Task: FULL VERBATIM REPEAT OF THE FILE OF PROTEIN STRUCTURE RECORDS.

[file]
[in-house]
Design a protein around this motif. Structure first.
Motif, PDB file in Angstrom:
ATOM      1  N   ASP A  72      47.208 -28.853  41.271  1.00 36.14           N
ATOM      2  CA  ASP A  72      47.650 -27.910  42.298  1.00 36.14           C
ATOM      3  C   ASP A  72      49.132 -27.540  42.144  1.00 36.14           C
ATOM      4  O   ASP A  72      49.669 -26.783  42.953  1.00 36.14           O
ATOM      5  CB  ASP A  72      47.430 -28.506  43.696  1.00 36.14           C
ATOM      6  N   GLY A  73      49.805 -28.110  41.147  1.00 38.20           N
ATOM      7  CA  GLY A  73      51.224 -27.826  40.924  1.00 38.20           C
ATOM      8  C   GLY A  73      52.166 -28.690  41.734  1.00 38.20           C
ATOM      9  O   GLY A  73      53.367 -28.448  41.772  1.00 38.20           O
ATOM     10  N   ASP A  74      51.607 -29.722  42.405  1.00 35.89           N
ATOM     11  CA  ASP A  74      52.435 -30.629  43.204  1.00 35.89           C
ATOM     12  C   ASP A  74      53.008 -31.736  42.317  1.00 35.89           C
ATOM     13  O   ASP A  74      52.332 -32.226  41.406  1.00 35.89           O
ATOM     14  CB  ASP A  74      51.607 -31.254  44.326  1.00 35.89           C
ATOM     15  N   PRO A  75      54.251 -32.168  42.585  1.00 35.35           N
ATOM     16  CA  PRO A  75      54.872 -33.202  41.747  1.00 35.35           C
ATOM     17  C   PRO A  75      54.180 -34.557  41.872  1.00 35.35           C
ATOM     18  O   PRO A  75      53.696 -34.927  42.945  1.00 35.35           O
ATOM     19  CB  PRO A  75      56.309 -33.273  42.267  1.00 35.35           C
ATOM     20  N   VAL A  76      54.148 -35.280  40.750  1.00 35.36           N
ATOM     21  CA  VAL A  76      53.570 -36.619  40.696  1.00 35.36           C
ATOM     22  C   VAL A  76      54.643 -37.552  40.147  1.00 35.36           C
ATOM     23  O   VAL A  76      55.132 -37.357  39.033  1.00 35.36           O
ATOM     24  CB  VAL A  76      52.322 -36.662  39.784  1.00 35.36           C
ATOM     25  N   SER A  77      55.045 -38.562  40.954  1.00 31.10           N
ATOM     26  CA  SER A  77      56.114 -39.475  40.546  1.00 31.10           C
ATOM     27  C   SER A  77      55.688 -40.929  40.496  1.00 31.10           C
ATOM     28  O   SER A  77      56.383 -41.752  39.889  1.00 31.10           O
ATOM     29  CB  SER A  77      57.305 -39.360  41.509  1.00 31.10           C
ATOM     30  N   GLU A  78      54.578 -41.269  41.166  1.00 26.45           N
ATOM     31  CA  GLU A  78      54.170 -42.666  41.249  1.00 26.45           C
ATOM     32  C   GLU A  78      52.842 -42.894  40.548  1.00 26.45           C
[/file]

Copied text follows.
[in-house]
Design a protein around this motif. Structure first.
Motif, PDB file in Angstrom:
ATOM      1  N   ASP A  72      47.208 -28.853  41.271  1.00 36.14           N
ATOM      2  CA  ASP A  72      47.650 -27.910  42.298  1.00 36.14           C
ATOM      3  C   ASP A  72      49.132 -27.540  42.144  1.00 36.14           C
ATOM      4  O   ASP A  72      49.669 -26.783  42.953  1.00 36.14           O
ATOM      5  CB  ASP A  72      47.430 -28.506  43.696  1.00 36.14           C
ATOM      6  N   GLY A  73      49.805 -28.110  41.147  1.00 38.20           N
ATOM      7  CA  GLY A  73      51.224 -27.826  40.924  1.00 38.20           C
ATOM      8  C   GLY A  73      52.166 -28.690  41.734  1.00 38.20           C
ATOM      9  O   GLY A  73      53.367 -28.448  41.772  1.00 38.20           O
ATOM     10  N   ASP A  74      51.607 -29.722  42.405  1.00 35.89           N
ATOM     11  CA  ASP A  74      52.435 -30.629  43.204  1.00 35.89           C
ATOM     12  C   ASP A  74      53.008 -31.736  42.317  1.00 35.89           C
ATOM     13  O   ASP A  74      52.332 -32.226  41.406  1.00 35.89           O
ATOM     14  CB  ASP A  74      51.607 -31.254  44.326  1.00 35.89           C
ATOM     15  N   PRO A  75      54.251 -32.168  42.585  1.00 35.35           N
ATOM     16  CA  PRO A  75      54.872 -33.202  41.747  1.00 35.35           C
ATOM     17  C   PRO A  75      54.180 -34.557  41.872  1.00 35.35           C
ATOM     18  O   PRO A  75      53.696 -34.927  42.945  1.00 35.35           O
ATOM     19  CB  PRO A  75      56.309 -33.273  42.267  1.00 35.35           C
ATOM     20  N   VAL A  76      54.148 -35.280  40.750  1.00 35.36           N
ATOM     21  CA  VAL A  76      53.570 -36.619  40.696  1.00 35.36           C
ATOM     22  C   VAL A  76      54.643 -37.552  40.147  1.00 35.36           C
ATOM     23  O   VAL A  76      55.132 -37.357  39.033  1.00 35.36           O
ATOM     24  CB  VAL A  76      52.322 -36.662  39.784  1.00 35.36           C
ATOM     25  N   SER A  77      55.045 -38.562  40.954  1.00 31.10           N
ATOM     26  CA  SER A  77      56.114 -39.475  40.546  1.00 31.10           C
ATOM     27  C   SER A  77      55.688 -40.929  40.496  1.00 31.10           C
ATOM     28  O   SER A  77      56.383 -41.752  39.889  1.00 31.10           O
ATOM     29  CB  SER A  77      57.305 -39.360  41.509  1.00 31.10           C
ATOM     30  N   GLU A  78      54.578 -41.269  41.166  1.00 26.45           N
ATOM     31  CA  GLU A  78      54.170 -42.666  41.249  1.00 26.45           C
ATOM     32  C   GLU A  78      52.842 -42.894  40.548  1.00 26.45           C